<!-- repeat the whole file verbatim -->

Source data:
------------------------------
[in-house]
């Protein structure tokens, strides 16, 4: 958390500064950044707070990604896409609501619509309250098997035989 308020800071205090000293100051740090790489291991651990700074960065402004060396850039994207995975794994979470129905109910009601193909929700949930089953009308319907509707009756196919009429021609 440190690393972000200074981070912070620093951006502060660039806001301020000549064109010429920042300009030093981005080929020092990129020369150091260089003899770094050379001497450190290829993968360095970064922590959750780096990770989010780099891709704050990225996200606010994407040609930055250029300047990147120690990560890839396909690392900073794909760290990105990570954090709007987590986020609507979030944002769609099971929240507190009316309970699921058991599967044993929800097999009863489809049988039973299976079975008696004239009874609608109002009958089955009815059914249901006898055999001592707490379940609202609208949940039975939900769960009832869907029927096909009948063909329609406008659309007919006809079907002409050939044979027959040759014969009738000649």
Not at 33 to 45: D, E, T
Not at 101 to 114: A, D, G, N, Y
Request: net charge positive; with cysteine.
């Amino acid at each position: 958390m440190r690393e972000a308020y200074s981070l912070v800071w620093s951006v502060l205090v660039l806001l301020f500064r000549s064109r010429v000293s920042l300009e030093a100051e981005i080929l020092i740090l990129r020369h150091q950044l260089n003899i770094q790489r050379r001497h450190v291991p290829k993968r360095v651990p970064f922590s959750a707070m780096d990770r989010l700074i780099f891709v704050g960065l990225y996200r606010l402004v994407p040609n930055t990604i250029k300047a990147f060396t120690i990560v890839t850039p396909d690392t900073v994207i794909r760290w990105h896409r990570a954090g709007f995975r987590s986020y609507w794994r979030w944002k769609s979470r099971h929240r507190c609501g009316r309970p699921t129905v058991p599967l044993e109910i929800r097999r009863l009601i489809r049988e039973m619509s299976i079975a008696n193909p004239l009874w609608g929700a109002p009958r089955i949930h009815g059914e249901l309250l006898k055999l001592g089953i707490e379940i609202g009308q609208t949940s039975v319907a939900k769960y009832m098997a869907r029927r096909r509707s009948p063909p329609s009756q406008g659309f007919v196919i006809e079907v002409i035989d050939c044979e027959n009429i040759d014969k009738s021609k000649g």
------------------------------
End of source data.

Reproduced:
[in-house]
């Protein structure tokens, strides 16, 4: 958390500064950044707070990604896409609501619509309250098997035989 308020800071205090000293100051740090790489291991651990700074960065402004060396850039994207995975794994979470129905109910009601193909929700949930089953009308319907509707009756196919009429021609 440190690393972000200074981070912070620093951006502060660039806001301020000549064109010429920042300009030093981005080929020092990129020369150091260089003899770094050379001497450190290829993968360095970064922590959750780096990770989010780099891709704050990225996200606010994407040609930055250029300047990147120690990560890839396909690392900073794909760290990105990570954090709007987590986020609507979030944002769609099971929240507190009316309970699921058991599967044993929800097999009863489809049988039973299976079975008696004239009874609608109002009958089955009815059914249901006898055999001592707490379940609202609208949940039975939900769960009832869907029927096909009948063909329609406008659309007919006809079907002409050939044979027959040759014969009738000649």
Not at 33 to 45: D, E, T
Not at 101 to 114: A, D, G, N, Y
Request: net charge positive; with cysteine.
């Amino acid at each position: 958390m440190r690393e972000a308020y200074s981070l912070v800071w620093s951006v502060l205090v660039l806001l301020f500064r000549s064109r010429v000293s920042l300009e030093a100051e981005i080929l020092i740090l990129r020369h150091q950044l260089n003899i770094q790489r050379r001497h450190v291991p290829k993968r360095v651990p970064f922590s959750a707070m780096d990770r989010l700074i780099f891709v704050g960065l990225y996200r606010l402004v994407p040609n930055t990604i250029k300047a990147f060396t120690i990560v890839t850039p396909d690392t900073v994207i794909r760290w990105h896409r990570a954090g709007f995975r987590s986020y609507w794994r979030w944002k769609s979470r099971h929240r507190c609501g009316r309970p699921t129905v058991p599967l044993e109910i929800r097999r009863l009601i489809r049988e039973m619509s299976i079975a008696n193909p004239l009874w609608g929700a109002p009958r089955i949930h009815g059914e249901l309250l006898k055999l001592g089953i707490e379940i609202g009308q609208t949940s039975v319907a939900k769960y009832m098997a869907r029927r096909r509707s009948p063909p329609s009756q406008g659309f007919v196919i006809e079907v002409i035989d050939c044979e027959n009429i040759d014969k009738s021609k000649g």